I did a class earlier where we went through this kind of algorithm but can't find my code. How do I find the 2nd biggest number in an array with only 1 scan?

I was thinking about using nodes but that would screw up if the largest and 2nd largest one starts on same side. And an ugly way is to have two extra temp-variables and "find" the smaller one of them.

So anyone got any tip? Oh and it's java if you have the code. In the meantime I'll try to search more on google!

  • In real life: Arrays.sort(myArray); return myArray[myArray.length - 2]; – Paul Hicks Aug 28 '16 at 23:52
  • 3
    The two extra temp variables is fine... – Kelvin Aug 28 '16 at 23:56
  • I think I'll just use the two variables for now – Fourierstudent Aug 28 '16 at 23:58

This is the way I would go about getting the second highest number:

//      The array containing number.
        int[] number = {1 ,2 ,3 ,4 ,5 ,6 ,7 ,8 ,9 ,10};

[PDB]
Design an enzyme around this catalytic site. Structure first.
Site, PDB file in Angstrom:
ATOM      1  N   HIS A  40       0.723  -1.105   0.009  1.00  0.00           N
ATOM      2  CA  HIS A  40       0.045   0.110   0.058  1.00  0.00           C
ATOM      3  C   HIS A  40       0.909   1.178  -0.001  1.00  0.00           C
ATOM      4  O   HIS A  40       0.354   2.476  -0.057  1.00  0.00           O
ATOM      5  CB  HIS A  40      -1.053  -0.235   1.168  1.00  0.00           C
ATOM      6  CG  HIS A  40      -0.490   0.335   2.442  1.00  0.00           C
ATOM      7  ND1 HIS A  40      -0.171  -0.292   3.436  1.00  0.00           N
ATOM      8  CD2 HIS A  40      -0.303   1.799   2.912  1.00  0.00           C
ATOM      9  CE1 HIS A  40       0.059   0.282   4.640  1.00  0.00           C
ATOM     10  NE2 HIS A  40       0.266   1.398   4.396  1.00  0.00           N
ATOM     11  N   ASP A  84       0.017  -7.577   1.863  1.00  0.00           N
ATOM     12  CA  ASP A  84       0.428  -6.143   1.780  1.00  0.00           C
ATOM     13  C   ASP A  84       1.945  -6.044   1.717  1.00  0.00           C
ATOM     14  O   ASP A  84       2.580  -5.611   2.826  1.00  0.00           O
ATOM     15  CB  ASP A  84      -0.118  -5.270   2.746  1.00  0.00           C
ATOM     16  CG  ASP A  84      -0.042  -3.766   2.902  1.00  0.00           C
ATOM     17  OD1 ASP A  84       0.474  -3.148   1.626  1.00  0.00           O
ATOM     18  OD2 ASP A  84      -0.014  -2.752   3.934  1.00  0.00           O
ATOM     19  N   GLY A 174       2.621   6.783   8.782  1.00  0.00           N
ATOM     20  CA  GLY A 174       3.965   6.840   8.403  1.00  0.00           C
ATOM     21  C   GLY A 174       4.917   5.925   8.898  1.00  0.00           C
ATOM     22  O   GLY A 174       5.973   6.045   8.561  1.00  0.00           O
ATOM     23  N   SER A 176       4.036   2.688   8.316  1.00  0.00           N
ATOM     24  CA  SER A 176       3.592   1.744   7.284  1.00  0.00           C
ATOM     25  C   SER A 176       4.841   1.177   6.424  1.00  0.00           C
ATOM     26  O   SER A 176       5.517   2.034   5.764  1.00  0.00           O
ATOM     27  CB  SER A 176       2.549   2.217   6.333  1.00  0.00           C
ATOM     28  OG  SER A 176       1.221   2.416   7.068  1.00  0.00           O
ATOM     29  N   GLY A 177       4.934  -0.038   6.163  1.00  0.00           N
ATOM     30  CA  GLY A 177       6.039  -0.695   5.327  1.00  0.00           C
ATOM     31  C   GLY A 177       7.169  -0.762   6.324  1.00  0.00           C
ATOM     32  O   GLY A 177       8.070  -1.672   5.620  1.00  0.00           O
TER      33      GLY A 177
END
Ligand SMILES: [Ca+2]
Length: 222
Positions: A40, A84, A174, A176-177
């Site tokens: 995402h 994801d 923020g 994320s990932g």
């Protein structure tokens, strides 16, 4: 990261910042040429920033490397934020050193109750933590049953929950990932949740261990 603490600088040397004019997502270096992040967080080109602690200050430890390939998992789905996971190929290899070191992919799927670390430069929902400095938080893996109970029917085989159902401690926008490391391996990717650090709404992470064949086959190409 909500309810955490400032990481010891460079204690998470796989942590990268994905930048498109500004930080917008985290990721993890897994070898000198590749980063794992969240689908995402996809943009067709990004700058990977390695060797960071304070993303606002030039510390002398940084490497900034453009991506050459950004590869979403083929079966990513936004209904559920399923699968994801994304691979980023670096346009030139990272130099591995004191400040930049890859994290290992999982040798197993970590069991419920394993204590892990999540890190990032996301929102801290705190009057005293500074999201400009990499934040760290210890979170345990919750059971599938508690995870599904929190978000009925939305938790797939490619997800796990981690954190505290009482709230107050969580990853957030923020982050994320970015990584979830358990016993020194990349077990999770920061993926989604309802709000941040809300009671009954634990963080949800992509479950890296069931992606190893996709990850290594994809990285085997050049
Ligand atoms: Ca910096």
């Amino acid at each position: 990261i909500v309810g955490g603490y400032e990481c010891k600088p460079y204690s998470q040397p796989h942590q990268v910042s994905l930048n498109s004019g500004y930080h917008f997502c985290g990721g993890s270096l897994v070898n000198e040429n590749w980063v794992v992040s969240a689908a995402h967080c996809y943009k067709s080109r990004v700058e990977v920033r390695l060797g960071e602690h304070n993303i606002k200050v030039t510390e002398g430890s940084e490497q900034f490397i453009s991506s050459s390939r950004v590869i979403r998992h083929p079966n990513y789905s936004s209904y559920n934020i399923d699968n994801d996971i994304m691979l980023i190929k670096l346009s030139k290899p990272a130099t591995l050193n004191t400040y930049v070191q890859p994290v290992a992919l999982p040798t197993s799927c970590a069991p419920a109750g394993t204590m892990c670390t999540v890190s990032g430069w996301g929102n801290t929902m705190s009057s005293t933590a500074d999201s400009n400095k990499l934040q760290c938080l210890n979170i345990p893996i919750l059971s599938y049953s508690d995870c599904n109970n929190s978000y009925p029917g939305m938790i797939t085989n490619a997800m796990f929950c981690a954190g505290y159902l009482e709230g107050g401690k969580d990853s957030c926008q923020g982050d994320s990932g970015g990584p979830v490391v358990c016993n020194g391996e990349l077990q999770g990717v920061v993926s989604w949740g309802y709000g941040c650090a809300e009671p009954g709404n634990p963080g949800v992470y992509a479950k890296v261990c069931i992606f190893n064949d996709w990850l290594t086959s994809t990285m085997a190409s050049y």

//      The int[] is copied to Integer[] array. This is done because the Arrays class cannot sort primitives (such as int). If any other primitive type, they can be converted to their respective objects.
        Integer[] numberInteger = new Integer[number.length];

//      Populate the Integer[] with data from int[].
        for(int i = 0; i<number.length; i++)
            numberInteger[i] = number[i];

//      Sort the Integer[] array in reverse order.
        Arrays.sort(numberInteger, Collections.<Integer>reverseOrder());

//      Print the result out.
        System.out.println("The second highest number is: "+numberInteger[1]);

//      Output is~~~~~~~ The second highest number is: 9

If you have other primitive type (e.g. double[]) it can be copied to it's respective object (e.g Double[]).

P.S. If using Java 8, Integer[] array can be populated in an easier way. Streams can be used to populate Integer[].

//      Instead of using a for loop, Streams are used.
        Integer[] numberInteger = Arrays.stream(number).boxed().toArray(Integer[]::new);

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